Blogs: Mrs. O Blog and the FTC's Double Standards
Oct 27 2009
Isn't it ironic that under the new FTC disclosure rules, the bloggers who receive a review copy of Mary Tomer's book Mrs. O: The Face of Fashion Democracy (Hachette) have to disclose it but Mary Tomer who received funding for her blog from her employer Bartle Bogle Hegarty has no such requirement? Shouldn't blogs with close ties to corporate interests be required to disclose this upfront?
While press reviews mention that the author Mary Tomer is employed by Bartle Bogle Hegarty, they stop short of disclosing that the Mrs.O blog is in fact funded by Bartle Bogle Hegarty. Not one press reference I've read about the book including WWD makes mention of this fact or that all the blog's contributors are in some way connected to Bartle Bogle Hegarty either as employees of the agency or free-lance writers. In fact, many readers believe that Mrs. O is merely another blog written by fashion-obsessed fan of the First Lady. In reality, it was set up for the purposes of illustrating to would-be clients the power of the blogosphere as a tool for brand building.
Since the revelation of their true purpose by the New York Times and the angry reaction of many throughout the blogging community, they have in fact updated their "About" page to include that tidbit of information. To my knowledge, while they did add a brief disclosure statement to their "about" page, they did so quietly and without fanfare. Unless regular readers are in the habit of checking the blog's "About" page from time to time, I doubt they know. In fact, I would be very curious to know just how many of their faithful readers actually know about their real purpose even now.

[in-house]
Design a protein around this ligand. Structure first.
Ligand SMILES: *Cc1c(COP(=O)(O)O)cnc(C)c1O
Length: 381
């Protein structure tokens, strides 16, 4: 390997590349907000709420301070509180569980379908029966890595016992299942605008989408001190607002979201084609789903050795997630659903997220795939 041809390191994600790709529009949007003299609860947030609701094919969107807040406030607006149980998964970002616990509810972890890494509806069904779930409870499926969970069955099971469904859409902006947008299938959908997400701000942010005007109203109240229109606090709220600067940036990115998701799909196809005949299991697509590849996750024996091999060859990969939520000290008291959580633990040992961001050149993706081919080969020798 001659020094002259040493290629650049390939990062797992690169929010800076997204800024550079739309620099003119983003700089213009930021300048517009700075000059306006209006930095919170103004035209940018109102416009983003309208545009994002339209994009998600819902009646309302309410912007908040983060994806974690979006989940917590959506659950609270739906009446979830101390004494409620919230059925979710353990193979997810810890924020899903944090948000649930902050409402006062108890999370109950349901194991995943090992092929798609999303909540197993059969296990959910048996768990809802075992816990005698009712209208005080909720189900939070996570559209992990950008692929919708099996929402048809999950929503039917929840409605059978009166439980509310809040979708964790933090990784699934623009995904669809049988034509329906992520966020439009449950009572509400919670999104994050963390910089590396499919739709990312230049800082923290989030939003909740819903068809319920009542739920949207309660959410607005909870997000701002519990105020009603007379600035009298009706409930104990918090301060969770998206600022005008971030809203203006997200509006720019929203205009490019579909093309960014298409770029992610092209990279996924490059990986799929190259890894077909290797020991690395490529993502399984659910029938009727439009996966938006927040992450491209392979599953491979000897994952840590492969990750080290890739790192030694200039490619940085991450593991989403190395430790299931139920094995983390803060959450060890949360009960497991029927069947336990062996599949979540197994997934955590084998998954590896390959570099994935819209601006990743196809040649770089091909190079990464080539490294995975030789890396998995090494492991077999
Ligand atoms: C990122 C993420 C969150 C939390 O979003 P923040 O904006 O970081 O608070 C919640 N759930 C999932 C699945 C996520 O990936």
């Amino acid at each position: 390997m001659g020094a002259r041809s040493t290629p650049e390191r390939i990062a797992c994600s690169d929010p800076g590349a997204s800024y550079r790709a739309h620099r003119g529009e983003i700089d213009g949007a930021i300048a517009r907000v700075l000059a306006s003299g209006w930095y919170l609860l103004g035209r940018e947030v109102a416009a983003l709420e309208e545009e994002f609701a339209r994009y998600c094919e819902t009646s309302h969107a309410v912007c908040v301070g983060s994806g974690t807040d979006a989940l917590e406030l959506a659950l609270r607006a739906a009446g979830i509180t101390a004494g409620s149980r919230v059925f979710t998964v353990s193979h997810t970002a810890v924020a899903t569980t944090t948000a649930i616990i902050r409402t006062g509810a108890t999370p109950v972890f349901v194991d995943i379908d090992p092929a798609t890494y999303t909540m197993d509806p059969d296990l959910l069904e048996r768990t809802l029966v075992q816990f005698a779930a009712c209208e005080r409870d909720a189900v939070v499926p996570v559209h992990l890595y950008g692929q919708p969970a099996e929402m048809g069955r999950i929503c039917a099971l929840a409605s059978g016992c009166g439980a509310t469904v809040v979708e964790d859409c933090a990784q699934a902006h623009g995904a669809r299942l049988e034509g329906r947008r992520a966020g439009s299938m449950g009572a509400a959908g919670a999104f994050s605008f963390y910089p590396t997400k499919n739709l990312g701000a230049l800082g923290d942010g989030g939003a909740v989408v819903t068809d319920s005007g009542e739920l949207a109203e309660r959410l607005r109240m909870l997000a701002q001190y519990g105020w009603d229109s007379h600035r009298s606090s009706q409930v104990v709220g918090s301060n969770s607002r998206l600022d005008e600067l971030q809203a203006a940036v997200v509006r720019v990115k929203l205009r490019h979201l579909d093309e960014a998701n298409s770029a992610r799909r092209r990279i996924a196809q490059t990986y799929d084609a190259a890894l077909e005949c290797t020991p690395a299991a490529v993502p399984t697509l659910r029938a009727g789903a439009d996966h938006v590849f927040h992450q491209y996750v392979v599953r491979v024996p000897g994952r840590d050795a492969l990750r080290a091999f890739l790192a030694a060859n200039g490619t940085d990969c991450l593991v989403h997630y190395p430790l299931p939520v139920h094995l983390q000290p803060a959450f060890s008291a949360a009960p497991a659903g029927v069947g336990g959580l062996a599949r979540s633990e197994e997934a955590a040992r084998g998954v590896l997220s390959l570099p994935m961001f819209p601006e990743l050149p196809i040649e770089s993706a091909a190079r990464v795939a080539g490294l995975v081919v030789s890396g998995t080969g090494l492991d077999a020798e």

To be perfectly clear, given the increasing authority of blogs and other forms of social media on consumer buying behaviors, I think disclosure rules are indeed necessary. But surely if the FTC considers it important for bloggers to disclose receipt of perfume samples, they should feel just as strongly about bloggers who receive corporate funding for their activities. So, why the double standard?
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